If you prefer to use CML, use a similar workflow as you would use if using Cisco Packet Tracer, as follows:

  1. Download the CML file (filetype .yaml) linked below.
  2. Import the lab’s CML file into CML and then start the lab.
  3. Compare the lab topology and interface IDs to this lab, as they may differ (more detail below).
  4. Add your planned configuration to the lab.
  5. Test the configuration using some of the suggestions below.

Download this lab’s CML file!

 

Network Device Info:

The CML topology matches the lab topology.

Lab Answers Below: Spoiler Alert

Lab Answers: Configuration (Click Tab to Reveal)

Answers

 

Figure 1: EUI-64 IPv6 Addressing Topology

Example 5: R1 Config

 

Example 6: R2 Config

 

Example 7: R3 Config

 

Example 8: R4 Config

Commentary, Issues, and Verification Tips (Click Tabs to Reveal)

Commentary

The EUI-64 process uses as input the MAC address of the interface. Cisco devices use a MAC address from a couple of sources: either the MAC address assigned to the interface by the manufacturer, or the address configured with the mac-address command. This lab uses a configured MAC address so that the address value is more obvious. Note that non-Ethernet interfaces like serial interfaces do not have MAC addresses, so when building an IPv6 address for a serial interface, IOS borrows the MAC address from lowest numbered Ethernet interface on the device.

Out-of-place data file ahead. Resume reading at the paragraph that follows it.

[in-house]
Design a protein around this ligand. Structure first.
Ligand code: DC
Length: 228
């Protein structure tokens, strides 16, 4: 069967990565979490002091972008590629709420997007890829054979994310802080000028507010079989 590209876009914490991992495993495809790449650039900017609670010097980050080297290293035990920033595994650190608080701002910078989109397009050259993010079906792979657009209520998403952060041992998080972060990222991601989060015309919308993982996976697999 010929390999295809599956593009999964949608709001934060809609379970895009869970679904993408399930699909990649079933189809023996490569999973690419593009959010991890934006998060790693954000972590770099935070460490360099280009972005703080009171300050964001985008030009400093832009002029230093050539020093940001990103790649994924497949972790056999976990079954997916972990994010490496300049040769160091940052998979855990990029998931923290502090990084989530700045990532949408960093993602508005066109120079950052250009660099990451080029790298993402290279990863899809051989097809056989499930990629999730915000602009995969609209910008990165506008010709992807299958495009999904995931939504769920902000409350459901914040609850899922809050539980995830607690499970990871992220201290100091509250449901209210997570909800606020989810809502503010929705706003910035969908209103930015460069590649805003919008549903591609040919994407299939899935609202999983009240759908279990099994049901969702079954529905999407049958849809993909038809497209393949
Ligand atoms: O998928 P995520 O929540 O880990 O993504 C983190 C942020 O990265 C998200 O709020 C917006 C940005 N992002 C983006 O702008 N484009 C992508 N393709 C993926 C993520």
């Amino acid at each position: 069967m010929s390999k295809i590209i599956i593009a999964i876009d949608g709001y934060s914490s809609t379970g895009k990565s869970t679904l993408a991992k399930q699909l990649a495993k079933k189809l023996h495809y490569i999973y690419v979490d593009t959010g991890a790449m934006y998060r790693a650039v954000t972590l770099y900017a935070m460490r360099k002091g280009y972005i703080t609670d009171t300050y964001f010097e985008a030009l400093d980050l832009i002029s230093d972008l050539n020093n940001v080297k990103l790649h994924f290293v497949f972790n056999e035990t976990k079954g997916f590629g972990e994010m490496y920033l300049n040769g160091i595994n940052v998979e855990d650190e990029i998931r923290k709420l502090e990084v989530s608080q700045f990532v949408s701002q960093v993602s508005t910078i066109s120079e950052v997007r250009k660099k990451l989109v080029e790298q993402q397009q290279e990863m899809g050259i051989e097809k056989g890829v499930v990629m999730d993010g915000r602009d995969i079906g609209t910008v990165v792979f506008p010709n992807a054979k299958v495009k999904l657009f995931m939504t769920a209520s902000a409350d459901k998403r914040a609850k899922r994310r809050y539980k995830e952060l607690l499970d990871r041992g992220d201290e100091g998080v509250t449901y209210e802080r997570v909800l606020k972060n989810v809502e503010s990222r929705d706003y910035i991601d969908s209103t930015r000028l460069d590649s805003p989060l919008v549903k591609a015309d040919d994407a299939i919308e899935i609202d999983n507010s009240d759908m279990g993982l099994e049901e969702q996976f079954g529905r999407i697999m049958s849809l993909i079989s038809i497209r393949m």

The EUI-64 process takes the MAC address (12 hex digits), inserts FFFE in the middle, and inverts the 7th bit. For example, if the MAC address 1234.5678.1234 was used, this first split would result in 1234.56 and 78.1234. Then, the 16-byte string ‘FF FE’ is placed between them; this results in 1234.56FF.FE78.1234. Finally, the 7th bit counting from the left, started at 1, is inverted (if it was 1 it would be come 0 and vise versa); this results in 1034.56FF.FE78.1234.

Table 2 re-lists the IPv6 addresses you should see by the end of the lab, along with the prefix value. You should have configured the prefix in the ipv6 address prefix/prefix-length eui-64 command, not the entire IPv6 address from the table. With the eui-64 parameter, the router completes the last part of the IPv6 address.